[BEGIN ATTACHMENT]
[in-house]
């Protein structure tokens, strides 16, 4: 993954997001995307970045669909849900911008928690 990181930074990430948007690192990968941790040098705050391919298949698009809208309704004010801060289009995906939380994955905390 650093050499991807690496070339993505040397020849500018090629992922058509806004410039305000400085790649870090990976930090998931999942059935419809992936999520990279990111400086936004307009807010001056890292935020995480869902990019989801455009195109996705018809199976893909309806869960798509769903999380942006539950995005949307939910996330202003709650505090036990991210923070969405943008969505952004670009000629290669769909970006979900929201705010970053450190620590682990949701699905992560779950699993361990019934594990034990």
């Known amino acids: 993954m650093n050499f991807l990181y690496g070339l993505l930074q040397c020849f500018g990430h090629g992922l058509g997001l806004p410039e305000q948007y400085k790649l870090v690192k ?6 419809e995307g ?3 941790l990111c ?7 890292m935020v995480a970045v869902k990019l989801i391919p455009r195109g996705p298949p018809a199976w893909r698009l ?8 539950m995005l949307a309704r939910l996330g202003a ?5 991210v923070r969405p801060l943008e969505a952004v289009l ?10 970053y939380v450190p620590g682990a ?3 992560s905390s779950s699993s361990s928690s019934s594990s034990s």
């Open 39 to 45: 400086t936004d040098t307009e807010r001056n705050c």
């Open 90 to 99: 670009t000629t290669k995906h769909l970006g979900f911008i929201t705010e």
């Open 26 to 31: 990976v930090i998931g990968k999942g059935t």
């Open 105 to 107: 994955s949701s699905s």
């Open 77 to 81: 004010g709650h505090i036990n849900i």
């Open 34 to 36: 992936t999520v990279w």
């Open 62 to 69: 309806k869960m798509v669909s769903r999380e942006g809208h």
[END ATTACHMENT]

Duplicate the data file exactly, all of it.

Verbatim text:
[in-house]
């Protein structure tokens, strides 16, 4: 993954997001995307970045669909849900911008928690 990181930074990430948007690192990968941790040098705050391919298949698009809208309704004010801060289009995906939380994955905390 650093050499991807690496070339993505040397020849500018090629992922058509806004410039305000400085790649870090990976930090998931999942059935419809992936999520990279990111400086936004307009807010001056890292935020995480869902990019989801455009195109996705018809199976893909309806869960798509769903999380942006539950995005949307939910996330202003709650505090036990991210923070969405943008969505952004670009000629290669769909970006979900929201705010970053450190620590682990949701699905992560779950699993361990019934594990034990």
């Known amino acids: 993954m650093n050499f991807l990181y690496g070339l993505l930074q040397c020849f500018g990430h090629g992922l058509g997001l806004p410039e305000q948007y400085k790649l870090v690192k ?6 419809e995307g ?3 941790l990111c ?7 890292m935020v995480a970045v869902k990019l989801i391919p455009r195109g996705p298949p018809a199976w893909r698009l ?8 539950m995005l949307a309704r939910l996330g202003a ?5 991210v923070r969405p801060l943008e969505a952004v289009l ?10 970053y939380v450190p620590g682990a ?3 992560s905390s779950s699993s361990s928690s019934s594990s034990s």
């Open 39 to 45: 400086t936004d040098t307009e807010r001056n705050c």
């Open 90 to 99: 670009t000629t290669k995906h769909l970006g979900f911008i929201t705010e």
């Open 26 to 31: 990976v930090i998931g990968k999942g059935t």
């Open 105 to 107: 994955s949701s699905s």
């Open 77 to 81: 004010g709650h505090i036990n849900i």
């Open 34 to 36: 992936t999520v990279w």
């Open 62 to 69: 309806k869960m798509v669909s769903r999380e942006g809208h």